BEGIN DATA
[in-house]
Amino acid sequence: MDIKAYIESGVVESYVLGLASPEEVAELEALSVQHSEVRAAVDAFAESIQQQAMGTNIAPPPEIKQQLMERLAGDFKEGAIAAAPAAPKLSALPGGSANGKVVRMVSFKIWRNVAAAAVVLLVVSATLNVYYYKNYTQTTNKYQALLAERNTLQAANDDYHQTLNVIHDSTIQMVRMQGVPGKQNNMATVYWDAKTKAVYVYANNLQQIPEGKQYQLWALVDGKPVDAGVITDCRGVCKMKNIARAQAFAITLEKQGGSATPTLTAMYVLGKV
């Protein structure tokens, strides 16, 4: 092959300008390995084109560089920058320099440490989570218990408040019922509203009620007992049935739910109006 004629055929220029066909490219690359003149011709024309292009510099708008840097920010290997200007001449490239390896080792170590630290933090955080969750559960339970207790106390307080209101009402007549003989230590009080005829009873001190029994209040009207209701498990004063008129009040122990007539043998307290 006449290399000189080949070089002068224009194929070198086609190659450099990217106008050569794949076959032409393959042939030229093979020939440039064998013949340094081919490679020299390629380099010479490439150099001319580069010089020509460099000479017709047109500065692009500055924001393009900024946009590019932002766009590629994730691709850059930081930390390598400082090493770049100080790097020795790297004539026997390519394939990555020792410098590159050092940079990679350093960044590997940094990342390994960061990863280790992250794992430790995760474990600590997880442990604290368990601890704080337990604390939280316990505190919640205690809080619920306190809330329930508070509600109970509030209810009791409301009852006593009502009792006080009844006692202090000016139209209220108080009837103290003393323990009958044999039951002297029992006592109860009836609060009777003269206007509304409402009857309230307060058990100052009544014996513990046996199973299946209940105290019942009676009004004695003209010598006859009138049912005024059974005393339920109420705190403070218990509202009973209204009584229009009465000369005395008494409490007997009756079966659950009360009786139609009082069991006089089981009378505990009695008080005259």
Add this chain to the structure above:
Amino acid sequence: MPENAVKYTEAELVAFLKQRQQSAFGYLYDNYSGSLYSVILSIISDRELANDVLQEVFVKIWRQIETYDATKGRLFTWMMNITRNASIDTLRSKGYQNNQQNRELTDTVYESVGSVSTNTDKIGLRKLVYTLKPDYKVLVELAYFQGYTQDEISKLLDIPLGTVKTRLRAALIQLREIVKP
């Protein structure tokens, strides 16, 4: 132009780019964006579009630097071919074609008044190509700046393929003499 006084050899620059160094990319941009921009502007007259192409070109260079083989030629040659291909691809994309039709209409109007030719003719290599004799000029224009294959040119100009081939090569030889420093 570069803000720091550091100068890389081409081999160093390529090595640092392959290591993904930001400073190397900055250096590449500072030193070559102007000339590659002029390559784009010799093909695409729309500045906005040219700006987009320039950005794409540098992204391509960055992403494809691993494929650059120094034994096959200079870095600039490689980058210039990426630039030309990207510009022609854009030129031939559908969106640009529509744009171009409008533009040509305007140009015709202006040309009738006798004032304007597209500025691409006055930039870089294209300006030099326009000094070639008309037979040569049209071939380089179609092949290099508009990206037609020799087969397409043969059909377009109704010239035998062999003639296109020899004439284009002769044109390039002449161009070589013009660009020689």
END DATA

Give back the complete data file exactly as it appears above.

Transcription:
[in-house]
Amino acid sequence: MDIKAYIESGVVESYVLGLASPEEVAELEALSVQHSEVRAAVDAFAESIQQQAMGTNIAPPPEIKQQLMERLAGDFKEGAIAAAPAAPKLSALPGGSANGKVVRMVSFKIWRNVAAAAVVLLVVSATLNVYYYKNYTQTTNKYQALLAERNTLQAANDDYHQTLNVIHDSTIQMVRMQGVPGKQNNMATVYWDAKTKAVYVYANNLQQIPEGKQYQLWALVDGKPVDAGVITDCRGVCKMKNIARAQAFAITLEKQGGSATPTLTAMYVLGKV
């Protein structure tokens, strides 16, 4: 092959300008390995084109560089920058320099440490989570218990408040019922509203009620007992049935739910109006 004629055929220029066909490219690359003149011709024309292009510099708008840097920010290997200007001449490239390896080792170590630290933090955080969750559960339970207790106390307080209101009402007549003989230590009080005829009873001190029994209040009207209701498990004063008129009040122990007539043998307290 006449290399000189080949070089002068224009194929070198086609190659450099990217106008050569794949076959032409393959042939030229093979020939440039064998013949340094081919490679020299390629380099010479490439150099001319580069010089020509460099000479017709047109500065692009500055924001393009900024946009590019932002766009590629994730691709850059930081930390390598400082090493770049100080790097020795790297004539026997390519394939990555020792410098590159050092940079990679350093960044590997940094990342390994960061990863280790992250794992430790995760474990600590997880442990604290368990601890704080337990604390939280316990505190919640205690809080619920306190809330329930508070509600109970509030209810009791409301009852006593009502009792006080009844006692202090000016139209209220108080009837103290003393323990009958044999039951002297029992006592109860009836609060009777003269206007509304409402009857309230307060058990100052009544014996513990046996199973299946209940105290019942009676009004004695003209010598006859009138049912005024059974005393339920109420705190403070218990509202009973209204009584229009009465000369005395008494409490007997009756079966659950009360009786139609009082069991006089089981009378505990009695008080005259």
Add this chain to the structure above:
Amino acid sequence: MPENAVKYTEAELVAFLKQRQQSAFGYLYDNYSGSLYSVILSIISDRELANDVLQEVFVKIWRQIETYDATKGRLFTWMMNITRNASIDTLRSKGYQNNQQNRELTDTVYESVGSVSTNTDKIGLRKLVYTLKPDYKVLVELAYFQGYTQDEISKLLDIPLGTVKTRLRAALIQLREIVKP
């Protein structure tokens, strides 16, 4: 132009780019964006579009630097071919074609008044190509700046393929003499 006084050899620059160094990319941009921009502007007259192409070109260079083989030629040659291909691809994309039709209409109007030719003719290599004799000029224009294959040119100009081939090569030889420093 570069803000720091550091100068890389081409081999160093390529090595640092392959290591993904930001400073190397900055250096590449500072030193070559102007000339590659002029390559784009010799093909695409729309500045906005040219700006987009320039950005794409540098992204391509960055992403494809691993494929650059120094034994096959200079870095600039490689980058210039990426630039030309990207510009022609854009030129031939559908969106640009529509744009171009409008533009040509305007140009015709202006040309009738006798004032304007597209500025691409006055930039870089294209300006030099326009000094070639008309037979040569049209071939380089179609092949290099508009990206037609020799087969397409043969059909377009109704010239035998062999003639296109020899004439284009002769044109390039002449161009070589013009660009020689």